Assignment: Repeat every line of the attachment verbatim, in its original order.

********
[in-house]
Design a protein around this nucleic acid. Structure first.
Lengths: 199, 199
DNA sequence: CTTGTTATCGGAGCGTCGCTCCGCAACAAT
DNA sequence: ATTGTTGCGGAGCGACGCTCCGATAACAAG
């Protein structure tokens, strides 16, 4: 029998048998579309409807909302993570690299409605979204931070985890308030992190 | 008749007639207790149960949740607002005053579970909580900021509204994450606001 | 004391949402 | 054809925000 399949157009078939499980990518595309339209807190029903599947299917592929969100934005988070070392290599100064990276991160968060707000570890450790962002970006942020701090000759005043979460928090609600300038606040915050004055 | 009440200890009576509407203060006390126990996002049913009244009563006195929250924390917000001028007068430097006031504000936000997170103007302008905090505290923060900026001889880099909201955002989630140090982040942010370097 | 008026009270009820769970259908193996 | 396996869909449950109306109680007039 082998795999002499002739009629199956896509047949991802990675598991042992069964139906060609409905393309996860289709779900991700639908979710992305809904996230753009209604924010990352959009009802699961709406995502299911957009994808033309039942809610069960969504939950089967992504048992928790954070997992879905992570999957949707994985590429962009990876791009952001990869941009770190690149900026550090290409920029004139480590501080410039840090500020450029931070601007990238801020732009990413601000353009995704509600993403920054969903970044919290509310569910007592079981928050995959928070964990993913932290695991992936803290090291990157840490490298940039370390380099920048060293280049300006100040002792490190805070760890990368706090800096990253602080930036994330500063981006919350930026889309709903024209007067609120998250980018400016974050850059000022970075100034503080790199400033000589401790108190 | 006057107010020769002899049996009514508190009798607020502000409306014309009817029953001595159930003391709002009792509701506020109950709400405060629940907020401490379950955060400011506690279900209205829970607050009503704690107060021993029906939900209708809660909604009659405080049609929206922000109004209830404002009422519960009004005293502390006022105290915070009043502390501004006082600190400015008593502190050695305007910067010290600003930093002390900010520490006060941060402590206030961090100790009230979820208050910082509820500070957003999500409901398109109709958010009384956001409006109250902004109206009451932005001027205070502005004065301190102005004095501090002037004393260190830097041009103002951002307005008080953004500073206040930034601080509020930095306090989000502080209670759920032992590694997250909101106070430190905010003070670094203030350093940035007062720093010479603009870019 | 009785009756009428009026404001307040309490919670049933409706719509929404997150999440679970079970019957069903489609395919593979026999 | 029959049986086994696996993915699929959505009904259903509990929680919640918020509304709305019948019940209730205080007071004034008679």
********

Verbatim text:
[in-house]
Design a protein around this nucleic acid. Structure first.
Lengths: 199, 199
DNA sequence: CTTGTTATCGGAGCGTCGCTCCGCAACAAT
DNA sequence: ATTGTTGCGGAGCGACGCTCCGATAACAAG
């Protein structure tokens, strides 16, 4: 029998048998579309409807909302993570690299409605979204931070985890308030992190 | 008749007639207790149960949740607002005053579970909580900021509204994450606001 | 004391949402 | 054809925000 399949157009078939499980990518595309339209807190029903599947299917592929969100934005988070070392290599100064990276991160968060707000570890450790962002970006942020701090000759005043979460928090609600300038606040915050004055 | 009440200890009576509407203060006390126990996002049913009244009563006195929250924390917000001028007068430097006031504000936000997170103007302008905090505290923060900026001889880099909201955002989630140090982040942010370097 | 008026009270009820769970259908193996 | 396996869909449950109306109680007039 082998795999002499002739009629199956896509047949991802990675598991042992069964139906060609409905393309996860289709779900991700639908979710992305809904996230753009209604924010990352959009009802699961709406995502299911957009994808033309039942809610069960969504939950089967992504048992928790954070997992879905992570999957949707994985590429962009990876791009952001990869941009770190690149900026550090290409920029004139480590501080410039840090500020450029931070601007990238801020732009990413601000353009995704509600993403920054969903970044919290509310569910007592079981928050995959928070964990993913932290695991992936803290090291990157840490490298940039370390380099920048060293280049300006100040002792490190805070760890990368706090800096990253602080930036994330500063981006919350930026889309709903024209007067609120998250980018400016974050850059000022970075100034503080790199400033000589401790108190 | 006057107010020769002899049996009514508190009798607020502000409306014309009817029953001595159930003391709002009792509701506020109950709400405060629940907020401490379950955060400011506690279900209205829970607050009503704690107060021993029906939900209708809660909604009659405080049609929206922000109004209830404002009422519960009004005293502390006022105290915070009043502390501004006082600190400015008593502190050695305007910067010290600003930093002390900010520490006060941060402590206030961090100790009230979820208050910082509820500070957003999500409901398109109709958010009384956001409006109250902004109206009451932005001027205070502005004065301190102005004095501090002037004393260190830097041009103002951002307005008080953004500073206040930034601080509020930095306090989000502080209670759920032992590694997250909101106070430190905010003070670094203030350093940035007062720093010479603009870019 | 009785009756009428009026404001307040309490919670049933409706719509929404997150999440679970079970019957069903489609395919593979026999 | 029959049986086994696996993915699929959505009904259903509990929680919640918020509304709305019948019940209730205080007071004034008679």